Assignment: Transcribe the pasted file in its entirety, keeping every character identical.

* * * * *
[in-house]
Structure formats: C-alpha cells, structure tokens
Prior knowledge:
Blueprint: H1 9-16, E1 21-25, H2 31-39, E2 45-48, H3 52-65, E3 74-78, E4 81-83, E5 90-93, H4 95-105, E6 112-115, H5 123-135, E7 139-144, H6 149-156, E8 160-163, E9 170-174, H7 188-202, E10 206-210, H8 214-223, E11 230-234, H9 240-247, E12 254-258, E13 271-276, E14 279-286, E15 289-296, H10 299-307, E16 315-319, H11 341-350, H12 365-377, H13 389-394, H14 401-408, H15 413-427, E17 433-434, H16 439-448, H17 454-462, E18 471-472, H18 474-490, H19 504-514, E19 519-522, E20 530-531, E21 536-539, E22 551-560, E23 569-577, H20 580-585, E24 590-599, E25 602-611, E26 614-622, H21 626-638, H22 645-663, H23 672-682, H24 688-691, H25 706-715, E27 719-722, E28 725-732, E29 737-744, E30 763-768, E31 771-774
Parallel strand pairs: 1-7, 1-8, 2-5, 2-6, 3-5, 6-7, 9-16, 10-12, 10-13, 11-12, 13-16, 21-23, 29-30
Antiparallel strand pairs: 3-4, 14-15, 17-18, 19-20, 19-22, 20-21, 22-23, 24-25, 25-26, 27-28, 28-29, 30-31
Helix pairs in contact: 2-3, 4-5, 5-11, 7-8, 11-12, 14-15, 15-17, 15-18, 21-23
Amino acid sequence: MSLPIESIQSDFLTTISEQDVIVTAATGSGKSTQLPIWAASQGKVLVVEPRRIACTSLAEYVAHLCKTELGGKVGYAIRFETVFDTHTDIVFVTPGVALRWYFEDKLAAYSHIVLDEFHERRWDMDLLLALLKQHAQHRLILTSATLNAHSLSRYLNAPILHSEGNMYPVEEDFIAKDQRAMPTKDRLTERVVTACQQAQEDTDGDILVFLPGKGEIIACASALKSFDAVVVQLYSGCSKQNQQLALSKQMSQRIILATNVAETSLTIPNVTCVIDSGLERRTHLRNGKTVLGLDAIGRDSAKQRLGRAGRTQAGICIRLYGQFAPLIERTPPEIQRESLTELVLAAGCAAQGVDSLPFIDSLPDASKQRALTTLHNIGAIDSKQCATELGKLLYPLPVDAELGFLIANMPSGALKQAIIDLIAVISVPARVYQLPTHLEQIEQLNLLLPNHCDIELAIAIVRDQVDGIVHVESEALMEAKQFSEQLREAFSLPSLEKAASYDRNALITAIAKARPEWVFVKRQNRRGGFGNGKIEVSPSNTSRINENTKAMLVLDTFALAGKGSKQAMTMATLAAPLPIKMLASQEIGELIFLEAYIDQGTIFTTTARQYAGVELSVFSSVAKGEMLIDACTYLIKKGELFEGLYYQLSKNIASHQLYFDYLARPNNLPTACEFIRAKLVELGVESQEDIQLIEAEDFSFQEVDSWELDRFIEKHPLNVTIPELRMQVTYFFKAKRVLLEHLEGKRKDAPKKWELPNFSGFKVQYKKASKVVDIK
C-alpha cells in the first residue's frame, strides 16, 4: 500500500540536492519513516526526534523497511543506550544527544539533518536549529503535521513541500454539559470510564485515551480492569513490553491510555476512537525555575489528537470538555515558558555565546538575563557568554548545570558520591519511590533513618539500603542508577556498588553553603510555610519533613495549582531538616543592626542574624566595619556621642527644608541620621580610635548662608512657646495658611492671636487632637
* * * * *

[in-house]
Structure formats: C-alpha cells, structure tokens
Prior knowledge:
Blueprint: H1 9-16, E1 21-25, H2 31-39, E2 45-48, H3 52-65, E3 74-78, E4 81-83, E5 90-93, H4 95-105, E6 112-115, H5 123-135, E7 139-144, H6 149-156, E8 160-163, E9 170-174, H7 188-202, E10 206-210, H8 214-223, E11 230-234, H9 240-247, E12 254-258, E13 271-276, E14 279-286, E15 289-296, H10 299-307, E16 315-319, H11 341-350, H12 365-377, H13 389-394, H14 401-408, H15 413-427, E17 433-434, H16 439-448, H17 454-462, E18 471-472, H18 474-490, H19 504-514, E19 519-522, E20 530-531, E21 536-539, E22 551-560, E23 569-577, H20 580-585, E24 590-599, E25 602-611, E26 614-622, H21 626-638, H22 645-663, H23 672-682, H24 688-691, H25 706-715, E27 719-722, E28 725-732, E29 737-744, E30 763-768, E31 771-774
Parallel strand pairs: 1-7, 1-8, 2-5, 2-6, 3-5, 6-7, 9-16, 10-12, 10-13, 11-12, 13-16, 21-23, 29-30
Antiparallel strand pairs: 3-4, 14-15, 17-18, 19-20, 19-22, 20-21, 22-23, 24-25, 25-26, 27-28, 28-29, 30-31
Helix pairs in contact: 2-3, 4-5, 5-11, 7-8, 11-12, 14-15, 15-17, 15-18, 21-23
Amino acid sequence: MSLPIESIQSDFLTTISEQDVIVTAATGSGKSTQLPIWAASQGKVLVVEPRRIACTSLAEYVAHLCKTELGGKVGYAIRFETVFDTHTDIVFVTPGVALRWYFEDKLAAYSHIVLDEFHERRWDMDLLLALLKQHAQHRLILTSATLNAHSLSRYLNAPILHSEGNMYPVEEDFIAKDQRAMPTKDRLTERVVTACQQAQEDTDGDILVFLPGKGEIIACASALKSFDAVVVQLYSGCSKQNQQLALSKQMSQRIILATNVAETSLTIPNVTCVIDSGLERRTHLRNGKTVLGLDAIGRDSAKQRLGRAGRTQAGICIRLYGQFAPLIERTPPEIQRESLTELVLAAGCAAQGVDSLPFIDSLPDASKQRALTTLHNIGAIDSKQCATELGKLLYPLPVDAELGFLIANMPSGALKQAIIDLIAVISVPARVYQLPTHLEQIEQLNLLLPNHCDIELAIAIVRDQVDGIVHVESEALMEAKQFSEQLREAFSLPSLEKAASYDRNALITAIAKARPEWVFVKRQNRRGGFGNGKIEVSPSNTSRINENTKAMLVLDTFALAGKGSKQAMTMATLAAPLPIKMLASQEIGELIFLEAYIDQGTIFTTTARQYAGVELSVFSSVAKGEMLIDACTYLIKKGELFEGLYYQLSKNIASHQLYFDYLARPNNLPTACEFIRAKLVELGVESQEDIQLIEAEDFSFQEVDSWELDRFIEKHPLNVTIPELRMQVTYFFKAKRVLLEHLEGKRKDAPKKWELPNFSGFKVQYKKASKVVDIK
C-alpha cells in the first residue's frame, strides 16, 4: 500500500540536492519513516526526534523497511543506550544527544539533518536549529503535521513541500454539559470510564485515551480492569513490553491510555476512537525555575489528537470538555515558558555565546538575563557568554548545570558520591519511590533513618539500603542508577556498588553553603510555610519533613495549582531538616543592626542574624566595619556621642527644608541620621580610635548662608512657646495658611492671636487632637